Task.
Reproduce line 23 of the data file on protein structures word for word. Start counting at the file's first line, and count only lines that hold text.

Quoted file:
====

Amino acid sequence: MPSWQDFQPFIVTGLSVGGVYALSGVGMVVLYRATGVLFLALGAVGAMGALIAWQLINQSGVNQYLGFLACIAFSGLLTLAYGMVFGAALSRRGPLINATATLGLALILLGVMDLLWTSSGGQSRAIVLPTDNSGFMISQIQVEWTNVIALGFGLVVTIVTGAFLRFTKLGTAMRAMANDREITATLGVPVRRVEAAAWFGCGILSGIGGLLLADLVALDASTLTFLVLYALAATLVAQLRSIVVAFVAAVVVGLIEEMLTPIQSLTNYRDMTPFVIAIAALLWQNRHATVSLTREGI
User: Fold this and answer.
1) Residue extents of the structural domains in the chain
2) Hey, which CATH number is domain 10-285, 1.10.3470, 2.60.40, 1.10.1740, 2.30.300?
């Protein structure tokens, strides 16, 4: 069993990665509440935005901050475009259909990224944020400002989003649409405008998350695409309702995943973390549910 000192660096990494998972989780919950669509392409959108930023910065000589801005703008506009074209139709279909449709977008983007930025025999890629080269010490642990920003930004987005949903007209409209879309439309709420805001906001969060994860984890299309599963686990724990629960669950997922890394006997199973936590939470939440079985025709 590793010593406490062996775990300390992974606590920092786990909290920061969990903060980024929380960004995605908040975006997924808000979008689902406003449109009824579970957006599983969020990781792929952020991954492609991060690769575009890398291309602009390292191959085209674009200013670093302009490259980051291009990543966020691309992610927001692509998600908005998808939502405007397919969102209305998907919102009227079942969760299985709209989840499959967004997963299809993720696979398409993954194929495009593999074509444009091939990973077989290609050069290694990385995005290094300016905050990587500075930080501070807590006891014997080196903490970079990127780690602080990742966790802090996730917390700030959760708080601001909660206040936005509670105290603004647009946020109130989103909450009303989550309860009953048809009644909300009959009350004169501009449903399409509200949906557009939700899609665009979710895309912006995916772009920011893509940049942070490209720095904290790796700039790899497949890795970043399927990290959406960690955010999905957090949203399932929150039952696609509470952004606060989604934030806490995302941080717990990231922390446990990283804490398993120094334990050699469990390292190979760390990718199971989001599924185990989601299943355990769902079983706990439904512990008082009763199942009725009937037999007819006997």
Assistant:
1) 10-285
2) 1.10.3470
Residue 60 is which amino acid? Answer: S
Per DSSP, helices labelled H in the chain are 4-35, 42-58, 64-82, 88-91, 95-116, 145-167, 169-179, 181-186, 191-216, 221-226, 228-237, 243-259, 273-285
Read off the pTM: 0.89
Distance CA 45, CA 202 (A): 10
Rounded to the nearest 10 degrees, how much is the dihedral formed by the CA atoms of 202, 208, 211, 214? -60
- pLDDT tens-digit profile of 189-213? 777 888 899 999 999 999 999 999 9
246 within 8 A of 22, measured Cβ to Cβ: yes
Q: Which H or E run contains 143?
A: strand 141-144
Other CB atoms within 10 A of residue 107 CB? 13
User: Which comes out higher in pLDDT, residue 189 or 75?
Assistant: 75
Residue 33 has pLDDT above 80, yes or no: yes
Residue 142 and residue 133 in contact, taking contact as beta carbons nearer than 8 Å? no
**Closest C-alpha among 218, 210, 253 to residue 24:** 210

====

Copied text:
**Closest C-alpha among 218, 210, 253 to residue 24:** 210